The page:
The opposite is more common, though. The people who say really bad things about the pope justify it by saying they think he is doing a bad job. That is the standard for speaking disrespectfully of a professional athlete or coach. In our sports culture if he’s being

paid twenty eight million dollars a year and he does something wrong, there is no limit to the abuse he receives. I do not even think this attitude is right when it comes to sports, but suppose I did: the pope is not some athlete. If your father does something wrong, something seriously, hurtfully wrong, contempt and invective do not automatically become appropriate. The pope is more like your father than your team’s third baseman or the coach who was hired to get you back into championship contention, more like your father than the president no one you know voted for.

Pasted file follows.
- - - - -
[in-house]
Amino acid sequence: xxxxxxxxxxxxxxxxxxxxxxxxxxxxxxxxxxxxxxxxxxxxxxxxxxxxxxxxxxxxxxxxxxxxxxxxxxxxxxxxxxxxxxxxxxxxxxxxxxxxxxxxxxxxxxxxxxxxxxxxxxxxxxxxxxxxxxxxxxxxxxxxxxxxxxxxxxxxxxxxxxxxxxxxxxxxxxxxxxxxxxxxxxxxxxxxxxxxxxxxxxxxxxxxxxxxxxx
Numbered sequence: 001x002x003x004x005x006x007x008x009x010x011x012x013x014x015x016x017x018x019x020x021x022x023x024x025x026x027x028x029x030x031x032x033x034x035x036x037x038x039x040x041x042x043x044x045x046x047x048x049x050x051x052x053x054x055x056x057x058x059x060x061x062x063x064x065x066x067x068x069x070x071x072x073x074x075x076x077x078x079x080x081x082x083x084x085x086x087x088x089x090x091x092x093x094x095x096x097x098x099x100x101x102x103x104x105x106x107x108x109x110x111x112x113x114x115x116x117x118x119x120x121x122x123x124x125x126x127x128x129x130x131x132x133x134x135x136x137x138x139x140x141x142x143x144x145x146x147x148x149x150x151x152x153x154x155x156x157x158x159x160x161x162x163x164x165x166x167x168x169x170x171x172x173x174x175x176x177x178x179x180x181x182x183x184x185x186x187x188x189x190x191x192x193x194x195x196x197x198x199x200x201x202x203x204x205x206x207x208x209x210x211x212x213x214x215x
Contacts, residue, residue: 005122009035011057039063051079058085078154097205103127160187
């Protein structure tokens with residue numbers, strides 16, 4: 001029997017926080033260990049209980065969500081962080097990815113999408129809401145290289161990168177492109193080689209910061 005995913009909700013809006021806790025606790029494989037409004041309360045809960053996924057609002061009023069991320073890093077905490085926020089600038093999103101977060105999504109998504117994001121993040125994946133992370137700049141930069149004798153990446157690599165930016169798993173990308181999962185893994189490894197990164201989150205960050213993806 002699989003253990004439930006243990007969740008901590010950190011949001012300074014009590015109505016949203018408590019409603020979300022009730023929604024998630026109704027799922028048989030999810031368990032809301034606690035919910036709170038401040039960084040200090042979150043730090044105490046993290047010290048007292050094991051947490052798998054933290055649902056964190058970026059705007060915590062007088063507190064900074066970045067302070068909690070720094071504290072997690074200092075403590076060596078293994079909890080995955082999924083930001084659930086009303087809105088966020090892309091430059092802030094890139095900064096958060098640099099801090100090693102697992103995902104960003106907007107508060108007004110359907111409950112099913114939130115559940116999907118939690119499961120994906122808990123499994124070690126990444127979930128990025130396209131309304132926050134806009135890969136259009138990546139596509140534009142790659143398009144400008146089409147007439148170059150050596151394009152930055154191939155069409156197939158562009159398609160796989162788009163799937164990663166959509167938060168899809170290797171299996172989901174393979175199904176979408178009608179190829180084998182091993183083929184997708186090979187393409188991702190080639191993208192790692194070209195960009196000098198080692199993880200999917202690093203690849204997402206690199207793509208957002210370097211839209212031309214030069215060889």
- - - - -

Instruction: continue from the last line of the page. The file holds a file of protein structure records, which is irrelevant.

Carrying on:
I think our problem comes from a sense of entitlement. We tell ourselves that we should have a Church without major problems, that we should have a Church in which it can be safely assumed that every bishop is a faithful orthodox Catholic trying to do his best. It happens, however, that sometimes the Church is for centuries infected with one heresy or another, and we are living in bad times. I think the sense of being entitled to a placid Church is much like the sense of being entitled to a father who shows up for soccer games and is not at work at nine o’clock at night. Surely it is better to have a father who can check all the boxes for a list of what upper-middle-class fathers should be doing, but a failure in that regard does not justify contempt. We saw this sense of entitlement when that atheist Eugenio Scalfari said that—years ago—the pope said he did not believe in the divinity of Christ. Lots of people said things like, “He needs to unequivocally state that he believes Jesus Christ is God.” He did not have to do so. It sounded to me like a fourteen-year-old telling her mother, “You have to let me go to this.” Maybe the mother should, but she does not have to. You can think it was imprudent for the pope to have talked to Scalfari more than once. You can think it was imprudent the first time. But the pope does not have to contradict somebody who insists that he really did say something years ago but that the information has somehow been secret until now. I would not have to contradict somebody under those circumstances. I do not see any good coming from the pope going over what he said to Scalfari years ago, what he meant, and what he really believes.